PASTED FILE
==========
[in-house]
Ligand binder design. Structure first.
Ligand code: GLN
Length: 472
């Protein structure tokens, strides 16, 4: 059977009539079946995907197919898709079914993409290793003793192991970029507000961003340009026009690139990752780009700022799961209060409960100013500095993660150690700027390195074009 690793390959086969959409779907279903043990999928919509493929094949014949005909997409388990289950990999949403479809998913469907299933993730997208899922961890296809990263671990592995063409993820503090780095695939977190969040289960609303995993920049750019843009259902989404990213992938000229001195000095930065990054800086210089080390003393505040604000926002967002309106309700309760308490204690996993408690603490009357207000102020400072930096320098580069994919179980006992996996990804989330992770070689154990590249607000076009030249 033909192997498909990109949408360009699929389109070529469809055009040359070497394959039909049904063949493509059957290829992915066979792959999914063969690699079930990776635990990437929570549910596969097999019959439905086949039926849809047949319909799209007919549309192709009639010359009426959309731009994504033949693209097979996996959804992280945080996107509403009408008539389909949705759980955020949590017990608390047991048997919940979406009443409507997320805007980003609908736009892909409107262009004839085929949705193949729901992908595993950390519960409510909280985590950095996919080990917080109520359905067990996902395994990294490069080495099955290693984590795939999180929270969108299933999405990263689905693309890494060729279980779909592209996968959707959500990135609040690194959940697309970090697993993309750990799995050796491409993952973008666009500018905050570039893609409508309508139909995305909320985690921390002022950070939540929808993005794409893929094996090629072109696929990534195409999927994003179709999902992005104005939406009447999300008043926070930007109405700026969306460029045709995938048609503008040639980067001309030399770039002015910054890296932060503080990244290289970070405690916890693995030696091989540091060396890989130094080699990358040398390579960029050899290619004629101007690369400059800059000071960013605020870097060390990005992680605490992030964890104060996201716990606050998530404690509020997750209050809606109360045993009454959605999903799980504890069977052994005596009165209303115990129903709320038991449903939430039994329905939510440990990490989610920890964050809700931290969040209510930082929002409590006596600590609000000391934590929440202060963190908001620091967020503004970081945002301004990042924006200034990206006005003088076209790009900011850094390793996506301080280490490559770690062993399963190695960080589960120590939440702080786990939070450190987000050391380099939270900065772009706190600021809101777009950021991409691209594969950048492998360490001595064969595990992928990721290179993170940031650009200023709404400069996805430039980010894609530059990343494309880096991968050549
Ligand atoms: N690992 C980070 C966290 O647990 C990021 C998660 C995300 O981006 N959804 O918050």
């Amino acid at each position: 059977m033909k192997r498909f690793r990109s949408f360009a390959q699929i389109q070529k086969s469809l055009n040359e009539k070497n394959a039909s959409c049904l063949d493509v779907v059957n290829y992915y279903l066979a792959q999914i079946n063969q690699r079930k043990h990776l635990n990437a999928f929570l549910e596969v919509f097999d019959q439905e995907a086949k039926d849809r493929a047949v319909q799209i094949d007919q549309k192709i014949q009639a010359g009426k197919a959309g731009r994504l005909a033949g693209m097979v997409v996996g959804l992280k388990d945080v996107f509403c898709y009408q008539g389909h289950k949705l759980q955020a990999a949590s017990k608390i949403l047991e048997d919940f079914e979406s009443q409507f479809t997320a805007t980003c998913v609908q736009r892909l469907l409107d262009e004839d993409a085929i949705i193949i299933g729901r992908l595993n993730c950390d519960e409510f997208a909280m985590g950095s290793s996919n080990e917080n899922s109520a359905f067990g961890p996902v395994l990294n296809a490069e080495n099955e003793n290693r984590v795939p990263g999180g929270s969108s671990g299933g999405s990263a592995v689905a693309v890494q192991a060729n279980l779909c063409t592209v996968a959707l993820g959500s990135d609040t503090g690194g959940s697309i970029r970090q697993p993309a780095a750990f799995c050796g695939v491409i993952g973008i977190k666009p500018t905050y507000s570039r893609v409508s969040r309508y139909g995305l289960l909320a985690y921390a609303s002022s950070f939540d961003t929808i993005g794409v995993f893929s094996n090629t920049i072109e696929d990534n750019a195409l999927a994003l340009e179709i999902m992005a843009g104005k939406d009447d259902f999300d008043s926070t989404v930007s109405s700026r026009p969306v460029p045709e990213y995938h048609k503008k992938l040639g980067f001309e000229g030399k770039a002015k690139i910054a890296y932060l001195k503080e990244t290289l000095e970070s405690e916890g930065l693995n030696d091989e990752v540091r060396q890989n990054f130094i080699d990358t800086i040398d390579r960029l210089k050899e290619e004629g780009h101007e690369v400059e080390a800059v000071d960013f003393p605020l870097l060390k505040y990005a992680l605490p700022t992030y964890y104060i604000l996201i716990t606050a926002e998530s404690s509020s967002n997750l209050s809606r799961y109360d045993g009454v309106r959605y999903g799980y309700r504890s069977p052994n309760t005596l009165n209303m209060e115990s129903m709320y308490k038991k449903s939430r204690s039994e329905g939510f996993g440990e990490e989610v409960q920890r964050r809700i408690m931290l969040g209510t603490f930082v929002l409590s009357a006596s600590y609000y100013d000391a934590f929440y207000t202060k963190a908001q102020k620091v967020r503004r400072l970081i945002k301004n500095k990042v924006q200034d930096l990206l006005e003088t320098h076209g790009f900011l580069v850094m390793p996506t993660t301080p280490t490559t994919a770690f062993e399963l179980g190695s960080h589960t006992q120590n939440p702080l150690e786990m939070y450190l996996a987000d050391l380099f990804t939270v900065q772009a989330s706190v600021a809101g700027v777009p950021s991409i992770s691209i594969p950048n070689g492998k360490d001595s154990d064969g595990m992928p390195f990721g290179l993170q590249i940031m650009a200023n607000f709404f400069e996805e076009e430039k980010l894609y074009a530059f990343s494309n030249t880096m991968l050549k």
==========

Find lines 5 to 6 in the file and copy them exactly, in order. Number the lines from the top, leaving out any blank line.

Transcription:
């Protein structure tokens, strides 16, 4: 059977009539079946995907197919898709079914993409290793003793192991970029507000961003340009026009690139990752780009700022799961209060409960100013500095993660150690700027390195074009 690793390959086969959409779907279903043990999928919509493929094949014949005909997409388990289950990999949403479809998913469907299933993730997208899922961890296809990263671990592995063409993820503090780095695939977190969040289960609303995993920049750019843009259902989404990213992938000229001195000095930065990054800086210089080390003393505040604000926002967002309106309700309760308490204690996993408690603490009357207000102020400072930096320098580069994919179980006992996996990804989330992770070689154990590249607000076009030249 033909192997498909990109949408360009699929389109070529469809055009040359070497394959039909049904063949493509059957290829992915066979792959999914063969690699079930990776635990990437929570549910596969097999019959439905086949039926849809047949319909799209007919549309192709009639010359009426959309731009994504033949693209097979996996959804992280945080996107509403009408008539389909949705759980955020949590017990608390047991048997919940979406009443409507997320805007980003609908736009892909409107262009004839085929949705193949729901992908595993950390519960409510909280985590950095996919080990917080109520359905067990996902395994990294490069080495099955290693984590795939999180929270969108299933999405990263689905693309890494060729279980779909592209996968959707959500990135609040690194959940697309970090697993993309750990799995050796491409993952973008666009500018905050570039893609409508309508139909995305909320985690921390002022950070939540929808993005794409893929094996090629072109696929990534195409999927994003179709999902992005104005939406009447999300008043926070930007109405700026969306460029045709995938048609503008040639980067001309030399770039002015910054890296932060503080990244290289970070405690916890693995030696091989540091060396890989130094080699990358040398390579960029050899290619004629101007690369400059800059000071960013605020870097060390990005992680605490992030964890104060996201716990606050998530404690509020997750209050809606109360045993009454959605999903799980504890069977052994005596009165209303115990129903709320038991449903939430039994329905939510440990990490989610920890964050809700931290969040209510930082929002409590006596600590609000000391934590929440202060963190908001620091967020503004970081945002301004990042924006200034990206006005003088076209790009900011850094390793996506301080280490490559770690062993399963190695960080589960120590939440702080786990939070450190987000050391380099939270900065772009706190600021809101777009950021991409691209594969950048492998360490001595064969595990992928990721290179993170940031650009200023709404400069996805430039980010894609530059990343494309880096991968050549
Ligand atoms: N690992 C980070 C966290 O647990 C990021 C998660 C995300 O981006 N959804 O918050």